## commercial quantum computers

A Blochsphere from Wikipedia. Mathematicians call this often CP^1.

Last Tuesday saw the announcement of D-Wave, which gave a demonstration on their World’s First Commercial Quantum Computer. There will be a second demonstration today at the Telus World of Science in Vancouver, Canada.

The first application of their Orion quantum computing system demo is a pattern matching application applied to searching databases of molecules. The second is a third-party planning/scheduling application for assigning people to seats subject to constraints. However it is designed to solve the two dimensional Ising model in a magnetic field.

->more on the demo announcement website by Geordie Rose the CTO of D-wave.

For the readers convinience Scott Aaronson of Shtetl-Optimized also hands out
“The Orion Quantum Computer Anti-Hype FAQ”.

### 2 Responses to “commercial quantum computers”

Remark:

In my above post I was deliberately “fuzzy” about D-waves
claim about solving the Ising model, since in the announcement
which I saw and linked (see above) they do not really say which
Ising model they want to solve (and what they mean with “solving”-
i.e. they probably do not want to write down Bethe-Ansatz equations:)
but probably rather want to find an explicit ground state, but who knows?? And in what time?!).

There is a nice overview by Barry Cipra about the NP completeness
of solving nonplanar Ising models and Spin glasses, which is
also on the wikipedia Ising Model site.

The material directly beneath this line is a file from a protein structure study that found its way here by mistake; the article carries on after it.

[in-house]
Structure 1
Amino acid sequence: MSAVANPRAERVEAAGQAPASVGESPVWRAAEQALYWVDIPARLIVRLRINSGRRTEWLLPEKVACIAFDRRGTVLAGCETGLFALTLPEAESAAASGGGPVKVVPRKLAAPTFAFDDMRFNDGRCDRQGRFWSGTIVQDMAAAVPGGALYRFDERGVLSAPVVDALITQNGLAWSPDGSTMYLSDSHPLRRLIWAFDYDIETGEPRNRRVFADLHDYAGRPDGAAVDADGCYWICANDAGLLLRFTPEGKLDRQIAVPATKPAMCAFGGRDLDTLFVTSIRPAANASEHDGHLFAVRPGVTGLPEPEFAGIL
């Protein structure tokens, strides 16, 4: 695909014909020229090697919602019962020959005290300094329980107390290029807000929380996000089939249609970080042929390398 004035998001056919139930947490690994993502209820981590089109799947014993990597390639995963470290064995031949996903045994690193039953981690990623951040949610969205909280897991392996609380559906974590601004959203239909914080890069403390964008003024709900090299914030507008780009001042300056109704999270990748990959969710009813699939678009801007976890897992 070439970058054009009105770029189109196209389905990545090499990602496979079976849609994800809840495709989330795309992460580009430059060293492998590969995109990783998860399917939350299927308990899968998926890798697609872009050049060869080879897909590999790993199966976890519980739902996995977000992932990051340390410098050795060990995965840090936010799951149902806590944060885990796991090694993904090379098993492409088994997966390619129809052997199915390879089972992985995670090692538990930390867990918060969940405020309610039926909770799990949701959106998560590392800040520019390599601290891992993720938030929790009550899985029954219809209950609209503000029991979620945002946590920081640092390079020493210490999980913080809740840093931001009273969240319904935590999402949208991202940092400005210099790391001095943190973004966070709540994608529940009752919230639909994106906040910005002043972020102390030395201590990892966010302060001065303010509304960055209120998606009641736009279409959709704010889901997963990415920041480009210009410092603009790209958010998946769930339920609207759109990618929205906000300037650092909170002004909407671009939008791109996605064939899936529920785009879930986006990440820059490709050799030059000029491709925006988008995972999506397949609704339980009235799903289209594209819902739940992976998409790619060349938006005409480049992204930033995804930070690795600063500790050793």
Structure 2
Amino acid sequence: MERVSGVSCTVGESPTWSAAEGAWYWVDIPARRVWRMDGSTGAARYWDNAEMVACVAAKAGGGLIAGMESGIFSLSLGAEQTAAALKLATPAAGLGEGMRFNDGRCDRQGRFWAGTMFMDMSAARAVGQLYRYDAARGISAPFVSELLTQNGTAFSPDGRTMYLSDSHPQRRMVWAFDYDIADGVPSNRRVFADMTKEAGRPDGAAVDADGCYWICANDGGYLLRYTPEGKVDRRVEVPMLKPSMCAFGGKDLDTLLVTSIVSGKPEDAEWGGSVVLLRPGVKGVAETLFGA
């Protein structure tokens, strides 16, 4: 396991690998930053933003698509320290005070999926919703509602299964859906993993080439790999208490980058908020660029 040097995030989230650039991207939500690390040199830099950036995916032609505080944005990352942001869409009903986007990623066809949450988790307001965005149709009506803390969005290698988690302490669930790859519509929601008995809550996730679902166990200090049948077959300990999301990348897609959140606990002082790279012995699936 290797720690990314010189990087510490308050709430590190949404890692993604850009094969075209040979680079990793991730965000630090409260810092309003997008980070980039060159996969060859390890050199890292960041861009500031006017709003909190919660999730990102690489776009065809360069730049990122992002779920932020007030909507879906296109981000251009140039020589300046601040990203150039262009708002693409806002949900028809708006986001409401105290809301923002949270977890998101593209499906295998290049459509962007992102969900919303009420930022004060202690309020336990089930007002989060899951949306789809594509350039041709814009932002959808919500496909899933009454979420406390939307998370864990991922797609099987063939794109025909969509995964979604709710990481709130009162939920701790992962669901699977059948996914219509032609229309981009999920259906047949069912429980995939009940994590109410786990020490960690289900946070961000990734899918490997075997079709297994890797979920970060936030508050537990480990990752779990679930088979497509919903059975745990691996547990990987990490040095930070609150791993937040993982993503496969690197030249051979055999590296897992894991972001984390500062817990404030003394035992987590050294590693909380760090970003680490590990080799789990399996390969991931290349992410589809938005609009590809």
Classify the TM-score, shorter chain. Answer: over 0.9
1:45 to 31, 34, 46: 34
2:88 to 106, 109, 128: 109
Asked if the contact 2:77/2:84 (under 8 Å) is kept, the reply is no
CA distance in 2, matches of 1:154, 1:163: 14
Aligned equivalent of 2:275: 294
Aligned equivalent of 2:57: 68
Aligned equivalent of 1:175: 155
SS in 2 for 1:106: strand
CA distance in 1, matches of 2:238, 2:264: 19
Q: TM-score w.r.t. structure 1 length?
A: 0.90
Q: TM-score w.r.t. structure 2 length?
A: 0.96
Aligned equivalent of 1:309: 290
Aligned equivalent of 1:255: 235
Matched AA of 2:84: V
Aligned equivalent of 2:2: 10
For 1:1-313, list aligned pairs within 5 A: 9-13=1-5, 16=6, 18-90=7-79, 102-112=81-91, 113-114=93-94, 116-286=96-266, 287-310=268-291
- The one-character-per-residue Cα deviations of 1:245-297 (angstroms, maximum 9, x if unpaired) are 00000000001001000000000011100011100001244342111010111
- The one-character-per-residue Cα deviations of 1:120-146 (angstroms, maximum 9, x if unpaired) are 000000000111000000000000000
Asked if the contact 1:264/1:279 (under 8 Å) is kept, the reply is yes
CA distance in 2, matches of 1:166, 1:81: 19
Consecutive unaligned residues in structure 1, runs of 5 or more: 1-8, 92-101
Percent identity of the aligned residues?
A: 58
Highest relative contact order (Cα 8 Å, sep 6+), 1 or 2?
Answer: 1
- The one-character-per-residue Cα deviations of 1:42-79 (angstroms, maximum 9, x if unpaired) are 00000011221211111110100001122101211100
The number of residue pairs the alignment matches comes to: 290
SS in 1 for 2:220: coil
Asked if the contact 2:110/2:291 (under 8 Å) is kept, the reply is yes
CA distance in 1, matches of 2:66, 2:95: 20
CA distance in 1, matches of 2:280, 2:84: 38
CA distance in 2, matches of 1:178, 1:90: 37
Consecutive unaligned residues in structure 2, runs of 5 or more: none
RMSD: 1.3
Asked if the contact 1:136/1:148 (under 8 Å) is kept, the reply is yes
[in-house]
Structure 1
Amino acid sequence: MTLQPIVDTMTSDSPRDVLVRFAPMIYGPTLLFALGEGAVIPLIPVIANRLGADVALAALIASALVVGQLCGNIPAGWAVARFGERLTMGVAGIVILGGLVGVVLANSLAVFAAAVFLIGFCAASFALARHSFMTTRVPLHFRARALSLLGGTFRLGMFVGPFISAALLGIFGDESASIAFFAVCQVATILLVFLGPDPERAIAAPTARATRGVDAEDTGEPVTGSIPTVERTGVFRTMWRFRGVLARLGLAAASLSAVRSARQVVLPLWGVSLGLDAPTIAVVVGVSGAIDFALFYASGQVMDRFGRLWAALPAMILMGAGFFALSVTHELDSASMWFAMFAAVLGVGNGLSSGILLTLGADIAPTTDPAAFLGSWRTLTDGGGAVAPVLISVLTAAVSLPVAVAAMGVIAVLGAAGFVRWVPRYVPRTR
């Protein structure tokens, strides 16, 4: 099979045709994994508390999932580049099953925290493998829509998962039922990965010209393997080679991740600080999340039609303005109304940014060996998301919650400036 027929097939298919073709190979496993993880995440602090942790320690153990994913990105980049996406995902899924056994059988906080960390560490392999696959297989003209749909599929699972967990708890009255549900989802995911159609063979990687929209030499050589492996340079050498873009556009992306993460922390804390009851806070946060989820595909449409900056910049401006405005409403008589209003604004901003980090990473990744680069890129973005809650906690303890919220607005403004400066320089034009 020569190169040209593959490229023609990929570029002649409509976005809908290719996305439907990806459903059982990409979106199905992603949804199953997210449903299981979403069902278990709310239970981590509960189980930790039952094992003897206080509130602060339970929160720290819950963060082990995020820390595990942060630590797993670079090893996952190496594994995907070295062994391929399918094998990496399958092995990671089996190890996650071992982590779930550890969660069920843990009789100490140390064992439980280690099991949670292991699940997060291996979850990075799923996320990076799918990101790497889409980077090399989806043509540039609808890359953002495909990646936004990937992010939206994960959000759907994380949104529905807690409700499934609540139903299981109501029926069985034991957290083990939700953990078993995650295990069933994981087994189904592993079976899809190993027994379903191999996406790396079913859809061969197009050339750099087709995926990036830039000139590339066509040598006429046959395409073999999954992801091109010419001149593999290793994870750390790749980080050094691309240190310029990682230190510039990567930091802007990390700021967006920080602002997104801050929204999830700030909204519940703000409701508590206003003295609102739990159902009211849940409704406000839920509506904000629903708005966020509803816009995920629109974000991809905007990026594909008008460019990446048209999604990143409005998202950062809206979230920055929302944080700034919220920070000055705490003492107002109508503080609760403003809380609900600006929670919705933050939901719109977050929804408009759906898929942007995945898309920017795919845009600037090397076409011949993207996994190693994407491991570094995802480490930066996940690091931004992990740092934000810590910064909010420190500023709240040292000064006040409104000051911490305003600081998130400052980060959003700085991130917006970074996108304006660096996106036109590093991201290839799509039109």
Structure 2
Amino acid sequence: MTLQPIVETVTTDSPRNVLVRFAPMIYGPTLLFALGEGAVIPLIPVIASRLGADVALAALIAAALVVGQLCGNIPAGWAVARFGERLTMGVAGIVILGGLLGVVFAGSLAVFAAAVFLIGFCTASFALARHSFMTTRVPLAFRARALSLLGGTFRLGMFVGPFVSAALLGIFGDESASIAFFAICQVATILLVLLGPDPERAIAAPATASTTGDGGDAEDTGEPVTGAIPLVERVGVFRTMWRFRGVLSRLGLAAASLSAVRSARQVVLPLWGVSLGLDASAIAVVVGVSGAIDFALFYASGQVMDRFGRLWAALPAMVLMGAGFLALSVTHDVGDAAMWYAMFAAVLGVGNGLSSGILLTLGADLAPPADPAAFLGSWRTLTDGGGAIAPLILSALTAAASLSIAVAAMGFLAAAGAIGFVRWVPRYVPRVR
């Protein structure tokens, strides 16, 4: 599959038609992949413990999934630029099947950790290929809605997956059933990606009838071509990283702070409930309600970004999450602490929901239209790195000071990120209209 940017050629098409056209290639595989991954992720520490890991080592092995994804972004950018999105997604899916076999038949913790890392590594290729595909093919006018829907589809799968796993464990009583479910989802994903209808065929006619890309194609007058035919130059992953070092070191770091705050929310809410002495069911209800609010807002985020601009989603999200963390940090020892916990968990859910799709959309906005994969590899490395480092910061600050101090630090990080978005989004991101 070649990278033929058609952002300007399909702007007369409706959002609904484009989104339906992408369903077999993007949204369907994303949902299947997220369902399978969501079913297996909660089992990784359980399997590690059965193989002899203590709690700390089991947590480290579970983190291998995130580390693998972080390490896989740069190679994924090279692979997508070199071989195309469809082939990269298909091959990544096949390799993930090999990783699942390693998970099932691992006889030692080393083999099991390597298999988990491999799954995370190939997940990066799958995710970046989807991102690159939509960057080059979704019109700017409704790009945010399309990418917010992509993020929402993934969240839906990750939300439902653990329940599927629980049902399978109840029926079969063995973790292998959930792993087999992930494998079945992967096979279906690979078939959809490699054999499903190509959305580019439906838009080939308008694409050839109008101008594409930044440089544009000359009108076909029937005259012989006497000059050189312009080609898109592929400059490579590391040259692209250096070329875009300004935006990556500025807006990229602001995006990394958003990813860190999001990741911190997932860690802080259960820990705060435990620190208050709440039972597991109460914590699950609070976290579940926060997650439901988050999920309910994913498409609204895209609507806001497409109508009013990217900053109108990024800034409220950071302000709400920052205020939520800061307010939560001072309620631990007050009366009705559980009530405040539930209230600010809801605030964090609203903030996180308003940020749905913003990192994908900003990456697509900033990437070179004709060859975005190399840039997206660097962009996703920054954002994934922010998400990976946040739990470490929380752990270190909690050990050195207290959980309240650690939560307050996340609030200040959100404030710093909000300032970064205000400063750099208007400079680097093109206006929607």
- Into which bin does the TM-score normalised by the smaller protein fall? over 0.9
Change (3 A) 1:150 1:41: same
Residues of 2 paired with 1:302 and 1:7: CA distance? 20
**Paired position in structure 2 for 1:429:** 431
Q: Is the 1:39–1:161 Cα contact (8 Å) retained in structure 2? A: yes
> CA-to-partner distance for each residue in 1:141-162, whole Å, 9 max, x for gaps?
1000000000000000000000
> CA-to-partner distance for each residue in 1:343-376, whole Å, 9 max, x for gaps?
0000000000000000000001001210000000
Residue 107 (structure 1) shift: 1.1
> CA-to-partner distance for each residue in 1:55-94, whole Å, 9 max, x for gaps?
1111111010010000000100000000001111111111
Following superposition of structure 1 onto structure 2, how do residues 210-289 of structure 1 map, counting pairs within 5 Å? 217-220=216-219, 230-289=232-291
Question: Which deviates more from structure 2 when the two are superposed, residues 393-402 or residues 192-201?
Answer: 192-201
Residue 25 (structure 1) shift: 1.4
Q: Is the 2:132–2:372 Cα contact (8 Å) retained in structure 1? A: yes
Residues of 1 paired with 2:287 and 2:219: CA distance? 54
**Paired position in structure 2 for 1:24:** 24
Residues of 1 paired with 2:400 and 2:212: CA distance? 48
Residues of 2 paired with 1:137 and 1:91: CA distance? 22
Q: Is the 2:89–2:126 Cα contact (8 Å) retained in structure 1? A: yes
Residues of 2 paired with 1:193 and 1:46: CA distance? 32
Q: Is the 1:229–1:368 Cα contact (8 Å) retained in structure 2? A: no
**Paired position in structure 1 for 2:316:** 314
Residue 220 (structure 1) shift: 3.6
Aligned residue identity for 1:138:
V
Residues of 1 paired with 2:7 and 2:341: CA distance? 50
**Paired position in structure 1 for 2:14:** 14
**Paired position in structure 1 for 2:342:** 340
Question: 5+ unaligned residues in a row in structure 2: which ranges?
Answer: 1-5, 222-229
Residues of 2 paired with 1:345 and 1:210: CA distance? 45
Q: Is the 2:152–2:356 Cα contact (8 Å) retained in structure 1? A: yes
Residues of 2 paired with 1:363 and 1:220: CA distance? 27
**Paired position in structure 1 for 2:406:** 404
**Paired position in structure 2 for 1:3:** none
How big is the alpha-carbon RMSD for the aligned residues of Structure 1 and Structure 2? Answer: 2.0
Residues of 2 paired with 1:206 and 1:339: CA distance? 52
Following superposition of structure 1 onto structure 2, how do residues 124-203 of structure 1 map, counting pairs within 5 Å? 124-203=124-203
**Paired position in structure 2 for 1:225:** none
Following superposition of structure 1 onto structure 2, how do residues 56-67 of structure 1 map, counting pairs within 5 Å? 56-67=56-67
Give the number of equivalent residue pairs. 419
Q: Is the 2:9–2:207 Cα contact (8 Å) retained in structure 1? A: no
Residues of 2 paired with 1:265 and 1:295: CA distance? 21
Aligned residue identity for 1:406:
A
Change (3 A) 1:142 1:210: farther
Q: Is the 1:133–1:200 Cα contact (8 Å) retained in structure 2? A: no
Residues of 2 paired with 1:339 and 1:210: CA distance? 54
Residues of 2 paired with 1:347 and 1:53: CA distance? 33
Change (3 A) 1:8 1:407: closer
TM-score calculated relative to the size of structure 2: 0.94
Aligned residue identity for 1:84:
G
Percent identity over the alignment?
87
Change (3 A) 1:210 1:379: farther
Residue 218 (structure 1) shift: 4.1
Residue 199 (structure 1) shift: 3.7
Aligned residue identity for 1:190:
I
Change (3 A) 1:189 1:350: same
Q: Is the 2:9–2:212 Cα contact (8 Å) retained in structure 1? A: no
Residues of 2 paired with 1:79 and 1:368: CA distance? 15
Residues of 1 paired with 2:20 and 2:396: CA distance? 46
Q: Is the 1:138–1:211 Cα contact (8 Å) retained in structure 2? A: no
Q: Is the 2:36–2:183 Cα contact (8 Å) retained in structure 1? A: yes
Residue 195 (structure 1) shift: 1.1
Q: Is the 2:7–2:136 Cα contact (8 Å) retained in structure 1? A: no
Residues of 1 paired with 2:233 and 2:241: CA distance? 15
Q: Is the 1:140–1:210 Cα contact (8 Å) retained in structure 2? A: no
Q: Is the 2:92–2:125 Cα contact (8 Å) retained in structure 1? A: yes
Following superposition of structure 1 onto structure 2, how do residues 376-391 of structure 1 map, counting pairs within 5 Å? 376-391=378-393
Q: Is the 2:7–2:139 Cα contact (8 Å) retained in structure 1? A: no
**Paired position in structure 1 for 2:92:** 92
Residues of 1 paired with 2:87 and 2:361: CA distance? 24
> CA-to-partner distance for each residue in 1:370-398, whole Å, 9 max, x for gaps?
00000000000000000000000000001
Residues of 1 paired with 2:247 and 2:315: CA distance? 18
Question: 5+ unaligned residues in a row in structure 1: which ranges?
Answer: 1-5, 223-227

And citing from Barry Cipras article:

“NP-completeness, however, doesn’t mean things are completely hopeless.
The complexity result bars algorithms only from
solving all instances of the problem in polynomial time.
Typical spin glasses are random mixtures of coupling constants.
It’s entirely possible that the average spin glass problem can
be solved in polynomial time, even though the worst case may be
exponential. Finally, Ising’s original, ferromagnetic model, in
which all coupling constants are equal (and positive), is a
special case, so it too might yet fall within polynomial time.
Only time but possibly an agonizing, exponential amount of it will tell.”

For fairness one should also mention that Barry Cipra also cites
from Dante’s Inferno.

One should also mention that Wired has
an interview with David Deutsch about the above contents.

And last not least one should may be also mention that the Minesweeper problem:
P versus NP” is still somewhat an open problem.

And alas not aleas: Ising is pronounced “Easing” in german not “Eyesing” or “Icing”, which is a favorite english alternative. On the other hand the Ising model problem is not easy.

update Feb 17: the link about the Ising model on the D-wave site is still broken, but D-wave now refers to the Ising model as the 2 dimensional Ising model in
a magnetic field and probably therefore they refer to the discussion in the adiabatic quantum computer link at http://arxiv.org/pdf/quant-ph/0211152

update Feb 18:

There is now a lively discussion about the D-wave announcement
going on on Shtetl Optimized.
In particular Scott Aaronson’s advisor Umesh Vazirani enforced Scott Aronsons critique on the D-wave quantum computer in a post yesterday.

(As a matter of fact the paper http://arxiv.org/pdf/quant-ph/0211152 says that the antiferromagnetically coupled 2 dim Ising model in a magnetic
field is NP-hard. I have no idea where it is shown that it is also NP…..
if its not this would make that Ising problem even more uneasy…… )

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